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Evaluating the effect of Cnadian internment camps for those of Japanese descent during WW2.

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Introduction

Part A - Plan of Investigation (Word Count: 167) Japanese internment camps were one of Canada's most controversial human rights violations of all time. They caused Caucasian Canadians to look negatively towards those of Japanese descent. The purpose of this investigation is to determine to what extent the withdrawal of human rights affect family life and cultural values of Japanese Canadian's between the year of 1939 and 1945. Its focus will be on what the Canadian Government did, the outcome, the repossession of the internees' property, communication and mobility barriers, and the relocation of the Japanese Canadians. In order to conduct this investigation, an assortment of primary and secondary sources will be used and analyzed to obtain past and present perspectives. An article consisting of primary reminiscences of Japanese women internees "Memories of Internment: Narrating Japanese Canadian Women's Life Stories" by Pamela Sugiman and the secondary source monograph Nikkei Legacy: The Story of Japanese Canadians from Settlement to Today by Toyo Takata will be analyzed for credibility to determine the reliability of the information provided. Part B - Summary of Facts (Word Count: 854) 1. The repossession of the internees' properties, created internal and financial struggles amongst families. * Hours after the attack on Pearl Harbour on December 8th, 1939 the government restricted trades with Japanese companies, freezing assets of Japanese investments.1 * Due to the escalating fear of traitors communicating with their homeland, the Caucasian community began circulating rumours which led to the RCMP's abrupt and relentless acts of destroying documents, fishing boats, photographs and religious belongs. ...read more.

Middle

He experienced the appalling conditions of Japanese internment camps firsthand as a child. After two years in a camp located in British Columbia, he relocated to Toronto and became the English editor of The New Canadian. He became an icon for the Japanese-Canadian community for creating the Japanese Canadian Centennial in 1977. It was published in 1983 in Toronto by NC Press Limited. Takata's purpose for writing this monograph is to break the silence of many Japanese internees' and to expose the abuse and human rights violation they endured. This secondary source is valuable to the investigation because it involves the extensive research of primary sources conducted by the author in order to capture all opinions into one source. It is organized into many chapters, which easily enables the reader to comprehend each concept. The limitation of the source is it does not allow the reader to get a quick overview of Japanese internment camps because of the detail given on each event. 2. . The article "Memories of Internment: Narrating Japanese Canadian Women's Life Stories" was written by Pamela Sugiman, a historian who earned her PhD in Sociology at the University of Toronto. She published many articles in a variety of Canadian journals, and is a professor at McMaster and Ryerson University. The article was published in 2004, in the Canadian Journal of Sociology; Vol.29, No. 3. The purpose of this article is to offer a primary viewpoint of internment camps and how women felt about the circumstances. ...read more.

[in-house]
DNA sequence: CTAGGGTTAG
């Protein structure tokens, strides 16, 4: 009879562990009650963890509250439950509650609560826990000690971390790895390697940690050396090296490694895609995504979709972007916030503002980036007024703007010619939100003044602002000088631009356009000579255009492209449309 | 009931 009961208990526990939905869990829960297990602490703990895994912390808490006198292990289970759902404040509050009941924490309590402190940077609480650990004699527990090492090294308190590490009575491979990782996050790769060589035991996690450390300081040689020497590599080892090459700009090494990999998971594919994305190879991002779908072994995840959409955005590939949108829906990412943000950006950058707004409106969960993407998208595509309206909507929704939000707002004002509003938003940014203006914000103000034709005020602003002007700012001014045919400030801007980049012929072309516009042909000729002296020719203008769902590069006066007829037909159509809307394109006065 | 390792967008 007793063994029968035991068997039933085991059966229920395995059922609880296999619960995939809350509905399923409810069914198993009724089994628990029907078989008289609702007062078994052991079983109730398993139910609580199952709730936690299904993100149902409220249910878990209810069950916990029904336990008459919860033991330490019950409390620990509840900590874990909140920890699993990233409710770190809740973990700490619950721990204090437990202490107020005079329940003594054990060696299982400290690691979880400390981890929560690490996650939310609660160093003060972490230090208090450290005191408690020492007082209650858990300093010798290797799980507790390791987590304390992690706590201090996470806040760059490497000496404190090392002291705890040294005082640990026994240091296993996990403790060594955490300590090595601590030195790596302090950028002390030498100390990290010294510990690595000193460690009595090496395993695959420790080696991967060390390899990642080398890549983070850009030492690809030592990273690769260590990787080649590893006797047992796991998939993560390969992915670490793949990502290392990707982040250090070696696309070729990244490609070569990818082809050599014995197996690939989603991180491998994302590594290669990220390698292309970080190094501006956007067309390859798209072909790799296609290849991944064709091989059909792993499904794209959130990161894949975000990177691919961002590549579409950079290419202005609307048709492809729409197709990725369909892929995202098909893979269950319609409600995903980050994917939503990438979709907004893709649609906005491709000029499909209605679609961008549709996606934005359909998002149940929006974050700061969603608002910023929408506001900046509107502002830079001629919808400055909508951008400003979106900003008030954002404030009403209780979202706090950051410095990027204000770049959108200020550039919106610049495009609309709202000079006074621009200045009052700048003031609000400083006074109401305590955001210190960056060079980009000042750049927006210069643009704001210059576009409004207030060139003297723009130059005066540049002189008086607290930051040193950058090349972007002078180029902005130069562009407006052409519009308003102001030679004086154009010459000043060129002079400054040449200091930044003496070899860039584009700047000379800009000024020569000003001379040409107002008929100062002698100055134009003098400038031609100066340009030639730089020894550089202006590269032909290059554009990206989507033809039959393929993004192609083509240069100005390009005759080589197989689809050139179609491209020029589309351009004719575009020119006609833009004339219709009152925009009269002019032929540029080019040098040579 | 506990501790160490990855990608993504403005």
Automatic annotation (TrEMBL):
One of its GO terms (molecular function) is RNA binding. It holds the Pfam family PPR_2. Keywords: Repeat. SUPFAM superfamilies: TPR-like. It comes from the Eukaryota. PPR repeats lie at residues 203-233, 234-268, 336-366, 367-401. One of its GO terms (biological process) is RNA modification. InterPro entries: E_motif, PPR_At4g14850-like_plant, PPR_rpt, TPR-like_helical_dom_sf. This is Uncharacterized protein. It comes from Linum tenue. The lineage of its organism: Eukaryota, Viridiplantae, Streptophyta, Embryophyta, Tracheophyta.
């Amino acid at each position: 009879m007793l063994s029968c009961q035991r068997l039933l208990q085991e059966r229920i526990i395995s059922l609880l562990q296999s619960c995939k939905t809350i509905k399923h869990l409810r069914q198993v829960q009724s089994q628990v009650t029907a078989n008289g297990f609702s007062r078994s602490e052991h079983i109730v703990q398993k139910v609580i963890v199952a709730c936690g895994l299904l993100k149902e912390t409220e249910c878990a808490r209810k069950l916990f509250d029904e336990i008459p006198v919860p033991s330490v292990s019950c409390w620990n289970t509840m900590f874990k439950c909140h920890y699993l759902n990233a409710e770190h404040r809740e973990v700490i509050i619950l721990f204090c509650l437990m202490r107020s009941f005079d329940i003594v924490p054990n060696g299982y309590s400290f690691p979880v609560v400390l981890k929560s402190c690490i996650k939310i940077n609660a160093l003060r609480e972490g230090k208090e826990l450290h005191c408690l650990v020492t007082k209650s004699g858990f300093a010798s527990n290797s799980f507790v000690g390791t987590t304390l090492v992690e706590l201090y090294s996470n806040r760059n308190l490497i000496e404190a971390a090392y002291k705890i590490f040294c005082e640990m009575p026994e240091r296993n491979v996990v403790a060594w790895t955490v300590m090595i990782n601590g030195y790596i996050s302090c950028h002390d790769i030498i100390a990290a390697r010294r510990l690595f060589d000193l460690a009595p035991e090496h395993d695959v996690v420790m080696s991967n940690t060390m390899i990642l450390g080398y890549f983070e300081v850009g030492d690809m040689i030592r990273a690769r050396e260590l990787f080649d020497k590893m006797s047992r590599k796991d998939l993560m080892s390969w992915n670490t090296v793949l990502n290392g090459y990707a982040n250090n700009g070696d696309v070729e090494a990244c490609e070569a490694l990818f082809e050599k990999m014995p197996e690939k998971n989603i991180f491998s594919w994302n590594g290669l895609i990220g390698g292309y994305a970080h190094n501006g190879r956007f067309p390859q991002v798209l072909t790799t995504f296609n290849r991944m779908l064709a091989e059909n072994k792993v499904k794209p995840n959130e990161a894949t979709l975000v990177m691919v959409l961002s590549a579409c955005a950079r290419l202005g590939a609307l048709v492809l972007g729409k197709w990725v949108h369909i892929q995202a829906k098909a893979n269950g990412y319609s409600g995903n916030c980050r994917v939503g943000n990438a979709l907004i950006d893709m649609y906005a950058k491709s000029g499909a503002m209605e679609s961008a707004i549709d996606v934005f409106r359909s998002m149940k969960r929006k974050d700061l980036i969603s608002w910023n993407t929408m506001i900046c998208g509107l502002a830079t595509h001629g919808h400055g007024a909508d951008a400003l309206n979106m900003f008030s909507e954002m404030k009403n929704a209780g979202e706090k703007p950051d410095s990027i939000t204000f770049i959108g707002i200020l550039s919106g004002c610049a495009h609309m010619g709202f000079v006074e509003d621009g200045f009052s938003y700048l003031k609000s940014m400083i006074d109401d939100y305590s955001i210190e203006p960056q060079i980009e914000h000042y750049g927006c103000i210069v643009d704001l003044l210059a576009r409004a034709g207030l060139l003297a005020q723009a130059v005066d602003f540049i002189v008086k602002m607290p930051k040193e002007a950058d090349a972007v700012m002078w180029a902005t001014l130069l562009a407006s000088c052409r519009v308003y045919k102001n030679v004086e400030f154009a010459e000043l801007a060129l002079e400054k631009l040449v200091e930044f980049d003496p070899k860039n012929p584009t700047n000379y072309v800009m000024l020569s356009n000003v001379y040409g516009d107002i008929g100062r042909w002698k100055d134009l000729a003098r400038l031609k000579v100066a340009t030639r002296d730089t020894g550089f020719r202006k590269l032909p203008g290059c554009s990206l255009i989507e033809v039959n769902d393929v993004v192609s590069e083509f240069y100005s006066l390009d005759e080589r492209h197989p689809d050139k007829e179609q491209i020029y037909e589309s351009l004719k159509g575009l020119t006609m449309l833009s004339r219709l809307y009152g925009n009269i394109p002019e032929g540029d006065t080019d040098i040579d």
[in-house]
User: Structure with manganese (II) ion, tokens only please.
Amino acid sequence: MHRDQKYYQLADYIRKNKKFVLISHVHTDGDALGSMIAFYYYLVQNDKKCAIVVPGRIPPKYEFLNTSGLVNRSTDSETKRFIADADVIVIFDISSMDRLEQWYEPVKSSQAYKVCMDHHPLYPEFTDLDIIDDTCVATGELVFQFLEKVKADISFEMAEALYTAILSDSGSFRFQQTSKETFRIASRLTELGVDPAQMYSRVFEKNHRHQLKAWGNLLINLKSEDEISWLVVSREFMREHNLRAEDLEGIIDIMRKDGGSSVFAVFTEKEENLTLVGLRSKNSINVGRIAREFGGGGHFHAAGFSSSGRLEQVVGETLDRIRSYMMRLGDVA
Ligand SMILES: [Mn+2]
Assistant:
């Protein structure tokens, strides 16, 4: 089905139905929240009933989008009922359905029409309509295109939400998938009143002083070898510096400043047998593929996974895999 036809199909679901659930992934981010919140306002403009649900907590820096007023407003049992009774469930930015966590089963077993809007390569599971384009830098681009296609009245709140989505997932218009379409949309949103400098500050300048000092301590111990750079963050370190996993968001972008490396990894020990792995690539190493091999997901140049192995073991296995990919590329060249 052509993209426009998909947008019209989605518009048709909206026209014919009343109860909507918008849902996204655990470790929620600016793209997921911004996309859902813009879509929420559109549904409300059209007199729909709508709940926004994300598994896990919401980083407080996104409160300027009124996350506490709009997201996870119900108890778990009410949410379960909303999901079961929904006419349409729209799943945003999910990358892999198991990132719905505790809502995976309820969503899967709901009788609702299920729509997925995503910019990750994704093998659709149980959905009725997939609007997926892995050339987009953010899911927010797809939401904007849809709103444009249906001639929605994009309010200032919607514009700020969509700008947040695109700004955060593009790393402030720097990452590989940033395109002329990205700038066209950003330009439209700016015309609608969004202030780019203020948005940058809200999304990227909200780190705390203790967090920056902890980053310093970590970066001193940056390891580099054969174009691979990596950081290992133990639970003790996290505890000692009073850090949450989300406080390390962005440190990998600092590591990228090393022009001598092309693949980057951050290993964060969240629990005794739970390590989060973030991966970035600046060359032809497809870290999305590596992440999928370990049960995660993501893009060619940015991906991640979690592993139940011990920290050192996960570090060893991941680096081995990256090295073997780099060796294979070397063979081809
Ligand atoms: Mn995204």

Conclusion

Although there was no distinct evidence for the traitorous behaviour from the Japanese, the government was still legally able to withhold the Japanese Canadians before proving their guilt. Documents revealed that within the entire seven years of the entire seven years of exile, Japanese Canadians have not left a trace of evidence which holds themselves guilty for any type of traitorous activity nor behaviour.23 In addition, Japanese Canadians were only able to reside in boundaries the government approved.24 The requirement to ask for approval in order to go anywhere, is the basis foundation of freedom, however, the Japanese Canadians were stripped of this freedom. In spite of what the dominant Caucasian population thought at the time the denial of an individual's human rights is not a point of "merit" but "demerit." Part E - Conclusion (Word Count: 90) Throughout the development of Canada's political system there have been many negative influences on certain ethnicities based on international impacts such as imperialism. The Japanese were treated irrationally and unjust, dramatically crippled the culture of Japanese-Canadians by their separation from family, possessions and their familiar surroundings. Withdrawal from family influences causes an individual to lose connections with direct ties to ones culture and moralistic outlooks. Furthermore without the presence of these possessions, and direct family members, the alienation overcomes the individual and ruined the cultural values and family lives of a large number of Japanese citizens. ...read more.

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